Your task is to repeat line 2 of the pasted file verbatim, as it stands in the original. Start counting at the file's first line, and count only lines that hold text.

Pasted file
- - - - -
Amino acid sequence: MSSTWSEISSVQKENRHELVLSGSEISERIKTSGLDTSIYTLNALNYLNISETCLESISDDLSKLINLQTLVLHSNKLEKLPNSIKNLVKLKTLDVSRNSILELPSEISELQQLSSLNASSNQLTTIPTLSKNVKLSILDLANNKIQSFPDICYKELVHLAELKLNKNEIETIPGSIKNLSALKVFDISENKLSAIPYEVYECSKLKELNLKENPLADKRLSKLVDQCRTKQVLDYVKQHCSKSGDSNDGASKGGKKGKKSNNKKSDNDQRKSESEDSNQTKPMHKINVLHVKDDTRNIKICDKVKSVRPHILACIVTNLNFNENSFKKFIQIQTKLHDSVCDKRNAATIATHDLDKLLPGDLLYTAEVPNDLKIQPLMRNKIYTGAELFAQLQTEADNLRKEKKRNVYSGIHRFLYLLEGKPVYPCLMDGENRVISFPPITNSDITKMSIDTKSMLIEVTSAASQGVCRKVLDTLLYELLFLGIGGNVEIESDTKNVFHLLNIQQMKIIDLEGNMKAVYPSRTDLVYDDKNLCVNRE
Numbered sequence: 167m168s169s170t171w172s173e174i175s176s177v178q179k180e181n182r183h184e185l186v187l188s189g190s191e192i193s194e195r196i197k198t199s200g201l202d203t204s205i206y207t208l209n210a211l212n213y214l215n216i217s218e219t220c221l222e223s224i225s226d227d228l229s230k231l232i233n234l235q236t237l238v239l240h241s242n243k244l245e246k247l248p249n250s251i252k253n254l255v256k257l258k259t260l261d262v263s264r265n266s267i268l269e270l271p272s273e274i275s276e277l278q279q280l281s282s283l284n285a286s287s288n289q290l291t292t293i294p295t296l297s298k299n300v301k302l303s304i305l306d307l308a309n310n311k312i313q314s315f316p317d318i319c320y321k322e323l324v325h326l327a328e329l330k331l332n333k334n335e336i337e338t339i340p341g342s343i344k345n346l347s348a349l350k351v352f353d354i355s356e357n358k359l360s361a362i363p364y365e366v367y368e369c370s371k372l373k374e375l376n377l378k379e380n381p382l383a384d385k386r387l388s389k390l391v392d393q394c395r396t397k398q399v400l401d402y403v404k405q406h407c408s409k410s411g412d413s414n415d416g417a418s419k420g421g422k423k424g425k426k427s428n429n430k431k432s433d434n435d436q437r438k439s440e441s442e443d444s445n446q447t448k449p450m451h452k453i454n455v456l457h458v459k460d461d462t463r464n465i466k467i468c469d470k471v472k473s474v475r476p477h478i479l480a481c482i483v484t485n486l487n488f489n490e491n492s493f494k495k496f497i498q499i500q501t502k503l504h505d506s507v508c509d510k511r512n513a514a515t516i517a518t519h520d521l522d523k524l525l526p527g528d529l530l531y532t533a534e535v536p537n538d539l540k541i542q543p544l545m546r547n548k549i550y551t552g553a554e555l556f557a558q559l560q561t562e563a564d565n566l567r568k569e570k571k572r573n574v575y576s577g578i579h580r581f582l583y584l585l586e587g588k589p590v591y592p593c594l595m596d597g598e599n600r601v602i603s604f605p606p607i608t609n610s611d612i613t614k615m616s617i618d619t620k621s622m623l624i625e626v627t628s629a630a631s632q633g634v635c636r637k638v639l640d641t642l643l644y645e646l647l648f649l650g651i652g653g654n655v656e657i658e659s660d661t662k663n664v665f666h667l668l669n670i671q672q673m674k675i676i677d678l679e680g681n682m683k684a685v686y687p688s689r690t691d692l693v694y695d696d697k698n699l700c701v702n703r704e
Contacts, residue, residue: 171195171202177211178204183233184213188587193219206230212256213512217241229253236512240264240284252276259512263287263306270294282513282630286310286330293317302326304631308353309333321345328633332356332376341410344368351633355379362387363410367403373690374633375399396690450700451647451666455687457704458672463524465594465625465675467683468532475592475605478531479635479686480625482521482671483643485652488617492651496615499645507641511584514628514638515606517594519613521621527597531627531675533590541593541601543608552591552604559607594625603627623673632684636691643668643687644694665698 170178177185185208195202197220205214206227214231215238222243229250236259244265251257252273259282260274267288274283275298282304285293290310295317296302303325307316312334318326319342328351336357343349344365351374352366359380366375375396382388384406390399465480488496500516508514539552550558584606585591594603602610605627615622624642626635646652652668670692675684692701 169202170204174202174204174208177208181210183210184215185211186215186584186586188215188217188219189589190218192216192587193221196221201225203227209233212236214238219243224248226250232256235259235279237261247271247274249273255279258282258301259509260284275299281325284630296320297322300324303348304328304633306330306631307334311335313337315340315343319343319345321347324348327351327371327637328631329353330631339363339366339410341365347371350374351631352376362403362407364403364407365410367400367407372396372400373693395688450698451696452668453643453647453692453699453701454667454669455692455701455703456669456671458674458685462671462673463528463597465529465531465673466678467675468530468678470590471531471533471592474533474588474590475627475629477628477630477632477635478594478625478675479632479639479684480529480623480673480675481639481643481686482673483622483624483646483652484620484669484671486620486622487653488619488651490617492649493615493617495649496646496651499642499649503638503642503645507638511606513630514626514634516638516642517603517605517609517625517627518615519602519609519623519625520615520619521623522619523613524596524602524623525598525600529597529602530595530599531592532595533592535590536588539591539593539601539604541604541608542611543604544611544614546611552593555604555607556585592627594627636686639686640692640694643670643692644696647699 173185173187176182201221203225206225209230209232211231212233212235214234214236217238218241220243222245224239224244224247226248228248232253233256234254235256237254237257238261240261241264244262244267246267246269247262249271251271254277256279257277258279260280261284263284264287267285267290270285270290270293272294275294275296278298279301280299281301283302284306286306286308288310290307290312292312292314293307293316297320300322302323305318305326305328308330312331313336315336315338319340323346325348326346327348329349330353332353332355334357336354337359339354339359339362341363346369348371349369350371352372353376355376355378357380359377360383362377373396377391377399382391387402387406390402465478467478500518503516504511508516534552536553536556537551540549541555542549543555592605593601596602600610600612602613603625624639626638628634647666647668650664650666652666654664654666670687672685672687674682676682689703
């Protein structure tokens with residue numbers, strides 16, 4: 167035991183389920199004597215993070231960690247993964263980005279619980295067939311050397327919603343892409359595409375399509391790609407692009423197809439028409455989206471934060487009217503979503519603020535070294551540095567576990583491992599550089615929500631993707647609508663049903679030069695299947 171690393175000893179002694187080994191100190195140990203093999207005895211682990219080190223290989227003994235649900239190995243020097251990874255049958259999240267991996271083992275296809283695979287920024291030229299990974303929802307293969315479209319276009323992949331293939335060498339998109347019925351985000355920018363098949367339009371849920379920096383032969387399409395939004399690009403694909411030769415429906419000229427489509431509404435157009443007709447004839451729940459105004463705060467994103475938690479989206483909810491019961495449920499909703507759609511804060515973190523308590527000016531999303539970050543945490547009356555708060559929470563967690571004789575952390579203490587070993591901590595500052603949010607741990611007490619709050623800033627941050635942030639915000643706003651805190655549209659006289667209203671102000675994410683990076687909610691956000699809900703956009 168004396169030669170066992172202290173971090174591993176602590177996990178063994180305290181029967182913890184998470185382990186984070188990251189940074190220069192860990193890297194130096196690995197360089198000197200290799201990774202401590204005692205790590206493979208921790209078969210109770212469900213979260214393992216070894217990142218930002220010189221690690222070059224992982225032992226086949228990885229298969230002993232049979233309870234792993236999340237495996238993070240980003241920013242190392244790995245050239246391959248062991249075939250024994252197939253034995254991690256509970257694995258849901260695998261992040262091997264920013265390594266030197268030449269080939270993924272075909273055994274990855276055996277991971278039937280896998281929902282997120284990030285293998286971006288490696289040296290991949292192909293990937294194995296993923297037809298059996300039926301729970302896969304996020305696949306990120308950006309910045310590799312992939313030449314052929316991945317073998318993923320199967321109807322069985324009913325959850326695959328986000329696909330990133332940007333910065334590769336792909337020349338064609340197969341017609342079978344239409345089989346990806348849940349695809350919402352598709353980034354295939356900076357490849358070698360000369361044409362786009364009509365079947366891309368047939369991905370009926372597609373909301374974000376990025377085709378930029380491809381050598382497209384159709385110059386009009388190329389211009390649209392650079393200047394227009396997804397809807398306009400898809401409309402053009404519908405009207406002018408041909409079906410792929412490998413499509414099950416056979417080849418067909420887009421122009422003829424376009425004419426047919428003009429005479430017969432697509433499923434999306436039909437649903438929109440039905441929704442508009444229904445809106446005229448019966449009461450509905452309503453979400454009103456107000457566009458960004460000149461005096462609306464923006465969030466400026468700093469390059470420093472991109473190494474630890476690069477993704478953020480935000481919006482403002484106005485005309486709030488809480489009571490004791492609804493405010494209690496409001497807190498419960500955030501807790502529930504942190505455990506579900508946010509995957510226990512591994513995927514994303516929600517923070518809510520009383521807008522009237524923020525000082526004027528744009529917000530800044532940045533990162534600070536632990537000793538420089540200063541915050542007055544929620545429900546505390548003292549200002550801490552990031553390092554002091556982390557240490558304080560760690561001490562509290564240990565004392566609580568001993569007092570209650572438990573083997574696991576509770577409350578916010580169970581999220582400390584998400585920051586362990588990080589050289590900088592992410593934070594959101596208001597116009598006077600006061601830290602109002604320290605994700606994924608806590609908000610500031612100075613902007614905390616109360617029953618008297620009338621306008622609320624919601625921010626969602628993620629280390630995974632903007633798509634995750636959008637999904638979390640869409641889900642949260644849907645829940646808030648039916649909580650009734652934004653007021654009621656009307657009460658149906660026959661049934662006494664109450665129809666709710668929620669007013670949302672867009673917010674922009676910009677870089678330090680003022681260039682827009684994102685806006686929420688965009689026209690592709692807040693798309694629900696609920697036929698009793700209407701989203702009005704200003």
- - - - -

Numbered sequence: 167m168s169s170t171w172s173e174i175s176s177v178q179k180e181n182r183h184e185l186v187l188s189g190s191e192i193s194e195r196i197k198t199s200g201l202d203t204s205i206y207t208l209n210a211l212n213y214l215n216i217s218e219t220c221l222e223s224i225s226d227d228l229s230k231l232i233n234l235q236t237l238v239l240h241s242n243k244l245e246k247l248p249n250s251i252k253n254l255v256k257l258k259t260l261d262v263s264r265n266s267i268l269e270l271p272s273e274i275s276e277l278q279q280l281s282s283l284n285a286s287s288n289q290l291t292t293i294p295t296l297s298k299n300v301k302l303s304i305l306d307l308a309n310n311k312i313q314s315f316p317d318i319c320y321k322e323l324v325h326l327a328e329l330k331l332n333k334n335e336i337e338t339i340p341g342s343i344k345n346l347s348a349l350k351v352f353d354i355s356e357n358k359l360s361a362i363p364y365e366v367y368e369c370s371k372l373k374e375l376n377l378k379e380n381p382l383a384d385k386r387l388s389k390l391v392d393q394c395r396t397k398q399v400l401d402y403v404k405q406h407c408s409k410s411g412d413s414n415d416g417a418s419k420g421g422k423k424g425k426k427s428n429n430k431k432s433d434n435d436q437r438k439s440e441s442e443d444s445n446q447t448k449p450m451h452k453i454n455v456l457h458v459k460d461d462t463r464n465i466k467i468c469d470k471v472k473s474v475r476p477h478i479l480a481c482i483v484t485n486l487n488f489n490e491n492s493f494k495k496f497i498q499i500q501t502k503l504h505d506s507v508c509d510k511r512n513a514a515t516i517a518t519h520d521l522d523k524l525l526p527g528d529l530l531y532t533a534e535v536p537n538d539l540k541i542q543p544l545m546r547n548k549i550y551t552g553a554e555l556f557a558q559l560q561t562e563a564d565n566l567r568k569e570k571k572r573n574v575y576s577g578i579h580r581f582l583y584l585l586e587g588k589p590v591y592p593c594l595m596d597g598e599n600r601v602i603s604f605p606p607i608t609n610s611d612i613t614k615m616s617i618d619t620k621s622m623l624i625e626v627t628s629a630a631s632q633g634v635c636r637k638v639l640d641t642l643l644y645e646l647l648f649l650g651i652g653g654n655v656e657i658e659s660d661t662k663n664v665f666h667l668l669n670i671q672q673m674k675i676i677d678l679e680g681n682m683k684a685v686y687p688s689r690t691d692l693v694y695d696d697k698n699l700c701v702n703r704e